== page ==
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Movie Review – Real Steel

I took my son with me to see Real Steel last night.  Much like Rise of the Planet of the Apes, this was a movie that hit my radar late.  I mean, I knew about it, and probably made the jokes everyone else made about Rock’em Sock’em Robots.  It wasn’t until reviews started to come in that I really took note.  Ebert liked it?  Hmm.  I’ve had my differences with his reviews in the past, but you can at least get a sense of the movie from Roger whether or not you end up agreeing with him.

Jackman’s character is a former boxer, Charlie Kenton, who got pushed aside when the human boxing game ended, and robots took over.  Now he travels on the outer fringes of the robot boxing sport, fighting them at state fairs and underground arenas (sometimes badly).  Complicating things for him is his son Max, who he takes on after his ex-girlfriend dies.  He only agrees to that for cash to get another robot, as the kid’s rich aunt and uncle want to adopt him.  Anyway, that’s not important.

The real story starts after Charlie gets a second robot (the one bought with the money from the aunt and uncle) destroyed, and they have to search for parts in a junk yard.  Max finds an old fighting bot and in the process bonds with dear old dad.  OF COURSE the underdog gets a shot at the big show, and digs down and…well, you know.  If you’ve seen Rocky, or Rocky Balboa, or any other ‘little underdog beats the odds’ type of film, you know how it goes.  That doesn’t make it any less fun, though.  The fights are solid with real boxing choreography.  The dialogue shades to the corny side.  You have to accept a lot to get to a place where the only obvious robots in the world are the boxing ones but if you can, there’s a solid, enjoyable movie here.    I think the last paragraph of Mr. Ebert’s review sums it up very well for the naysayers:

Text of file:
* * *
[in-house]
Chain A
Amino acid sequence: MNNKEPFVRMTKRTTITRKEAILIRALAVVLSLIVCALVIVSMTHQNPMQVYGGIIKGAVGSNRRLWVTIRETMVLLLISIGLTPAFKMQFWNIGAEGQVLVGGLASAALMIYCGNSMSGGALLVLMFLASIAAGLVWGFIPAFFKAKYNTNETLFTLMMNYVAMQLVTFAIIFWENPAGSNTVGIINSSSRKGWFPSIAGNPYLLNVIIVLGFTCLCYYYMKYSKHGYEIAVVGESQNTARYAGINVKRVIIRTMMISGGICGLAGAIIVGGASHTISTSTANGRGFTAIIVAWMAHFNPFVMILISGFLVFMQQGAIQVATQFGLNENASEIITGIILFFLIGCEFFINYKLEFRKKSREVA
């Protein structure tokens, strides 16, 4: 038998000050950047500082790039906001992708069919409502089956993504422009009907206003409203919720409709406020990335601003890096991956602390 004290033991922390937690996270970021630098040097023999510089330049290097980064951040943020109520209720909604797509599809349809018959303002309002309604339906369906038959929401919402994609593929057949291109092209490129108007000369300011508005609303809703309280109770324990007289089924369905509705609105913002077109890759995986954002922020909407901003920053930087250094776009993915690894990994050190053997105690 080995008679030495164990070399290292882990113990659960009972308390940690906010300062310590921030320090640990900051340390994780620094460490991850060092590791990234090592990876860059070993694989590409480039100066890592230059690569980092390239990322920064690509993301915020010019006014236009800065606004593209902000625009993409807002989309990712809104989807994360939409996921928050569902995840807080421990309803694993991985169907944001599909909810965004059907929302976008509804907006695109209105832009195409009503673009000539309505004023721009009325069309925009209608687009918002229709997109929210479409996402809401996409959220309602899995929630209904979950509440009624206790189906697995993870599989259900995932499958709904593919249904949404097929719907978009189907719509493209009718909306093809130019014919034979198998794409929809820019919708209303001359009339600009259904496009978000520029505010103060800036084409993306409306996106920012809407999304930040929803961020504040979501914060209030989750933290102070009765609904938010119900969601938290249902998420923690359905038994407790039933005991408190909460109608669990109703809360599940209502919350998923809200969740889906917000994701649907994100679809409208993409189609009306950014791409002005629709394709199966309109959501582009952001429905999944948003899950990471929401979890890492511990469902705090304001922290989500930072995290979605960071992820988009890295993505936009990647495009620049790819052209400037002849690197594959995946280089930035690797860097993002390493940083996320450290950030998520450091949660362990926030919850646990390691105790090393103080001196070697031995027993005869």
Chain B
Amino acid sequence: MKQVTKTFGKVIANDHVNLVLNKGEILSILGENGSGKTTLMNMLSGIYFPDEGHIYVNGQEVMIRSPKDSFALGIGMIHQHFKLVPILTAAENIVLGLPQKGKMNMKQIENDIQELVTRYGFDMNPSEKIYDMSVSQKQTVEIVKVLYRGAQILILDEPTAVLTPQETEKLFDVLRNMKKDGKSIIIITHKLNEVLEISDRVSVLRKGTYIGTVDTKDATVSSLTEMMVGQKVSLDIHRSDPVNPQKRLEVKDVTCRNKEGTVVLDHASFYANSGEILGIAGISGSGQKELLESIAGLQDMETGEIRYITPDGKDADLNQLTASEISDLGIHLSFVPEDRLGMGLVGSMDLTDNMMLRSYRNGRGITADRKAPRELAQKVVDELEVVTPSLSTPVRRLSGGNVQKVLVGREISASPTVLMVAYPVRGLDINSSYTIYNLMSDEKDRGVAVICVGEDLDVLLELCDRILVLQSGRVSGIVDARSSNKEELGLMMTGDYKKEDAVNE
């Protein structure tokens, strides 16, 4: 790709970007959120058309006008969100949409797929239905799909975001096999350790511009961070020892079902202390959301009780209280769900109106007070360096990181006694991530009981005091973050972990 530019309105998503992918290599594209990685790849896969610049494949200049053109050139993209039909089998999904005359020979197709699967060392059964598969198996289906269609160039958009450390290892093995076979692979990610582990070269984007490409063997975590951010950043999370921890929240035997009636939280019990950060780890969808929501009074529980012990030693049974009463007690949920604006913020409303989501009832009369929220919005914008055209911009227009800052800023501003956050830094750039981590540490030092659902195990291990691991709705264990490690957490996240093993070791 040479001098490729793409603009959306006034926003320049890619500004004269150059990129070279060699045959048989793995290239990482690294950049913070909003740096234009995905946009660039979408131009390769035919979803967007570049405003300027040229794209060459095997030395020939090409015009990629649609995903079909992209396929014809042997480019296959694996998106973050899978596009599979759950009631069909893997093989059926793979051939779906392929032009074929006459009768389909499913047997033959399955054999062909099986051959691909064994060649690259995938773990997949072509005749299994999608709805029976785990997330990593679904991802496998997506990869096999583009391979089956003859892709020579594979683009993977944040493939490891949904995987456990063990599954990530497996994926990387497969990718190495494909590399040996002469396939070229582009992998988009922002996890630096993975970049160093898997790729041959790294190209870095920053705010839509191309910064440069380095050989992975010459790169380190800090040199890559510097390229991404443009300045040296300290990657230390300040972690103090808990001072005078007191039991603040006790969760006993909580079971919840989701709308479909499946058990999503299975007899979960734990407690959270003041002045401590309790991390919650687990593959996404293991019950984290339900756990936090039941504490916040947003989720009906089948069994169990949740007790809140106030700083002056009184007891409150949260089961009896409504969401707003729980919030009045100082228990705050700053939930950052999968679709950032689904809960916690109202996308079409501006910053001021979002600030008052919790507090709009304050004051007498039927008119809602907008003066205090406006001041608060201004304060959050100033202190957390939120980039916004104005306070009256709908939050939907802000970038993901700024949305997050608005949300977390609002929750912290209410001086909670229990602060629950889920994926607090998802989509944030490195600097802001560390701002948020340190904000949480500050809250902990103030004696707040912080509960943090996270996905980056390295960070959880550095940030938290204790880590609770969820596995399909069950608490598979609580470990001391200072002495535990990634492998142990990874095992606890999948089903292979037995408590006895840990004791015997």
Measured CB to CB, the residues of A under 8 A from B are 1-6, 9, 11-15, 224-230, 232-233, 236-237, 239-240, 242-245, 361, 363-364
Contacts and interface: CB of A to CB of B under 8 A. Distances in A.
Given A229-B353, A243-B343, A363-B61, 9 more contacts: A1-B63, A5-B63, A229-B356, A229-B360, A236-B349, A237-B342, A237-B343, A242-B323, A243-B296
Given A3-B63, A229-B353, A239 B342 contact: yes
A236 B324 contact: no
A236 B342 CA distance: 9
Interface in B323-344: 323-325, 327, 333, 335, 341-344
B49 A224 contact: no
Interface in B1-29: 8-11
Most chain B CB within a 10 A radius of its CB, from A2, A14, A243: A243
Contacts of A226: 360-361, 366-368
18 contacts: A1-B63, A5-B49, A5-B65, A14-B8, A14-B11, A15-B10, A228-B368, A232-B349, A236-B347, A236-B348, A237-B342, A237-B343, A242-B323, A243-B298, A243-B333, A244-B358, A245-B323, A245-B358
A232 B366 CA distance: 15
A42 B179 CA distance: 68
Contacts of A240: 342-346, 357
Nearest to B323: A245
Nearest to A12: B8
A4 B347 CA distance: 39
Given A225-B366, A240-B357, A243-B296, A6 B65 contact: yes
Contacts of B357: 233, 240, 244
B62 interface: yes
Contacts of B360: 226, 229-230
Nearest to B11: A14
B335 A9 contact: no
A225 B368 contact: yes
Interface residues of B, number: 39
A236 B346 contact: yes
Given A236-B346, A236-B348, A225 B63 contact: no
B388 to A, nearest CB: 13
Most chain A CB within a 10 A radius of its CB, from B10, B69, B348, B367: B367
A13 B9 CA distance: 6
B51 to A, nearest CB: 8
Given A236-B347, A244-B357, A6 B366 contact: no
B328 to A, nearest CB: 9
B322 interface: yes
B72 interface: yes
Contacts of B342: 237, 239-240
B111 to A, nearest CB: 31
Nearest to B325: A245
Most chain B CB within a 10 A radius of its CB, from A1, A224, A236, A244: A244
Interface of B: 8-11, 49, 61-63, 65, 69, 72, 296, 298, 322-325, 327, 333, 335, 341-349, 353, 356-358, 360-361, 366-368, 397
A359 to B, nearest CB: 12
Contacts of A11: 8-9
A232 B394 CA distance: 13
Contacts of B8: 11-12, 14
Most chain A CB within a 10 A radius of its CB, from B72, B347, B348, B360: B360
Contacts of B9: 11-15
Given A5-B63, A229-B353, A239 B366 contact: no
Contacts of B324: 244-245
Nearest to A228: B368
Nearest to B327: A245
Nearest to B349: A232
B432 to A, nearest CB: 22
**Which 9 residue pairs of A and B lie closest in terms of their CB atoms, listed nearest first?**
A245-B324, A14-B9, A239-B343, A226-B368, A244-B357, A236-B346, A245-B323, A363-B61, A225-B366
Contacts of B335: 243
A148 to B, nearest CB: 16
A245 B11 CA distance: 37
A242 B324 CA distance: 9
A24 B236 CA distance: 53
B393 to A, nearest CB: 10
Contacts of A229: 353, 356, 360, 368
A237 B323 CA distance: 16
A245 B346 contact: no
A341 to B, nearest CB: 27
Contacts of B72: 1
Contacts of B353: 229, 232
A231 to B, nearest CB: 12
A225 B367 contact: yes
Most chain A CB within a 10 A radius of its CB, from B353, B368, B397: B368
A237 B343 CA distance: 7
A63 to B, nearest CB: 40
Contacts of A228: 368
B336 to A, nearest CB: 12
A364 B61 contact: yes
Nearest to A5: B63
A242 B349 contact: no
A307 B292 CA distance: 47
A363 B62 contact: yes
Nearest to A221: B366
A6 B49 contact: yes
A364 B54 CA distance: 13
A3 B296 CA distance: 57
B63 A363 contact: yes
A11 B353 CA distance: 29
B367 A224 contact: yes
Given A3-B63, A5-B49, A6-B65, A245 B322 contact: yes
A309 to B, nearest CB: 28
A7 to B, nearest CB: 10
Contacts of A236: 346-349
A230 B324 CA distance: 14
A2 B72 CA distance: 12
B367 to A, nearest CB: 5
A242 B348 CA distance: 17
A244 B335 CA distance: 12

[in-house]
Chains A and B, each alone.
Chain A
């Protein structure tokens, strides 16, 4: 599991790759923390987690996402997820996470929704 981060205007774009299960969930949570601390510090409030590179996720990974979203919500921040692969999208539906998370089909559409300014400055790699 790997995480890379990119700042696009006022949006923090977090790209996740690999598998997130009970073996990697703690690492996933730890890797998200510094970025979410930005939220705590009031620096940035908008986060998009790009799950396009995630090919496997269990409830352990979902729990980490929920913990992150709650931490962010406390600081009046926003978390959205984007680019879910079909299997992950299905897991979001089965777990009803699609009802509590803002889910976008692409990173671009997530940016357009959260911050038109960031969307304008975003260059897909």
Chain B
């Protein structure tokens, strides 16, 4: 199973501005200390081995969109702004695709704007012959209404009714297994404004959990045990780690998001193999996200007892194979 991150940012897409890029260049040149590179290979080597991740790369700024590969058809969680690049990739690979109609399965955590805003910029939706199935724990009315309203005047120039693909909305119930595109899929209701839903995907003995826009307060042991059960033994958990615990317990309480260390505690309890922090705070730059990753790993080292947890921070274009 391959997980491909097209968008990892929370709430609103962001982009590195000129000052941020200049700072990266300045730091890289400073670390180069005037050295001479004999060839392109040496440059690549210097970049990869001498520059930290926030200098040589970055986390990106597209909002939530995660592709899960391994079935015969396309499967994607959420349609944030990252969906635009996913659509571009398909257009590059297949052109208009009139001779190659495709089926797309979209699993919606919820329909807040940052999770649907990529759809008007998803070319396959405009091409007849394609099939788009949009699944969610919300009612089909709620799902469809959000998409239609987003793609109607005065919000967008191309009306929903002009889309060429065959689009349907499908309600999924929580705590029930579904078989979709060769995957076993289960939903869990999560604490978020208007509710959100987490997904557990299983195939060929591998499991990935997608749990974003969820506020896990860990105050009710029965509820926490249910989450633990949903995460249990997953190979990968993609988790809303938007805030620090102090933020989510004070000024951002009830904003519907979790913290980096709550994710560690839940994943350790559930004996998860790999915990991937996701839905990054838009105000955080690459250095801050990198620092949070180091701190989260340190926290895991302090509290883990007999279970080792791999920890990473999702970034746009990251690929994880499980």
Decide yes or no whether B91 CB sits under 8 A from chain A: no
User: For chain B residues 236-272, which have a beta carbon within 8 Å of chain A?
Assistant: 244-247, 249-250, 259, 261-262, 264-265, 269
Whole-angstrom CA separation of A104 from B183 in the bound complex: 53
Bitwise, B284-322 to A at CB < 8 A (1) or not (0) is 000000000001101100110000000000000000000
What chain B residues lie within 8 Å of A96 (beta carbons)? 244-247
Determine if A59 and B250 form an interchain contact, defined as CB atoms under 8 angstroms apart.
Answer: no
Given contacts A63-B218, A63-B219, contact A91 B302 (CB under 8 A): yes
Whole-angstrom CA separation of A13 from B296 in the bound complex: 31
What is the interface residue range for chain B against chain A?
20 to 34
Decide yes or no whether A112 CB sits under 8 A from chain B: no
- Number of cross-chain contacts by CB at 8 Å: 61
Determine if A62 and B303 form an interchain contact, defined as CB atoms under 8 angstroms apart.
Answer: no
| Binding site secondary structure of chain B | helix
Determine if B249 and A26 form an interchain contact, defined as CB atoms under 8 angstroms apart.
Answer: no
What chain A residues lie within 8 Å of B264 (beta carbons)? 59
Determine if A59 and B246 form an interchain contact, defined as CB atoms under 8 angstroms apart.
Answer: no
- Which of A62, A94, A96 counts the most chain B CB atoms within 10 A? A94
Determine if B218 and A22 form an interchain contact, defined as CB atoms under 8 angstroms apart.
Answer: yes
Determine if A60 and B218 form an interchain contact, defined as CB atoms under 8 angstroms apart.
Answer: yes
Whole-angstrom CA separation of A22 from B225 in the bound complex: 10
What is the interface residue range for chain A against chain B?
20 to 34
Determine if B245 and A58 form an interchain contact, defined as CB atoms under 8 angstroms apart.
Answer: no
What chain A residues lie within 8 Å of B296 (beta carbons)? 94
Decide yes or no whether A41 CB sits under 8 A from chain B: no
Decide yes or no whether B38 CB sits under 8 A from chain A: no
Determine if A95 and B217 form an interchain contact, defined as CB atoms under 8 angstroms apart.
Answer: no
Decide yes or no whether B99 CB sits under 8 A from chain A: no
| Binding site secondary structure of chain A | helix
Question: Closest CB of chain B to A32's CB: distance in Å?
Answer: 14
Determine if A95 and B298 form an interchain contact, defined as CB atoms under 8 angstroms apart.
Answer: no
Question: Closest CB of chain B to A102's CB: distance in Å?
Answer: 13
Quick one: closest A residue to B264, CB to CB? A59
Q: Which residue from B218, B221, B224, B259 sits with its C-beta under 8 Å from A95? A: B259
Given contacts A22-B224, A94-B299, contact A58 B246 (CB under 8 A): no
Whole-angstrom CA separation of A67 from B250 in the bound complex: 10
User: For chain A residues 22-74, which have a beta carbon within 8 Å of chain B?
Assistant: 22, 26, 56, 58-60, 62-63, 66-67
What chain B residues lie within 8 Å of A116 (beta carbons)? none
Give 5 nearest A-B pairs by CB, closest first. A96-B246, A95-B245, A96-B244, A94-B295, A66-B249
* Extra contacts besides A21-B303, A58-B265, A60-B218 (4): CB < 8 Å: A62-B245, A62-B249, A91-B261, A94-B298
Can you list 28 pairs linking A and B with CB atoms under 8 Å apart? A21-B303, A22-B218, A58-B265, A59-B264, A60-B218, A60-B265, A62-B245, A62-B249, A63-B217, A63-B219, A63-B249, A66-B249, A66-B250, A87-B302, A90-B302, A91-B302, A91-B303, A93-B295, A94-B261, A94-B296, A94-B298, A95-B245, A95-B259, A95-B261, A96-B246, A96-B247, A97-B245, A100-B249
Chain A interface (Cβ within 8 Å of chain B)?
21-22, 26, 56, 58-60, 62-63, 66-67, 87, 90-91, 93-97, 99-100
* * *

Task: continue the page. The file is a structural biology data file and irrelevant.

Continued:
“Real Steel” is a real movie. It has characters, it matters who they are, it makes sense of its action, it has a compelling plot. This is the sort of movie, I suspect, young viewers went to the “Transformers” movies looking for. Readers have told me they loved and identified with their Transformers toys as children. Atom must come close to representing their fantasies. Sometimes you go into a movie with low expectations and are pleasantly surprised.

I was pleasantly surprised.

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Featured Review

Movie Review: Transformers: Dark of the Moon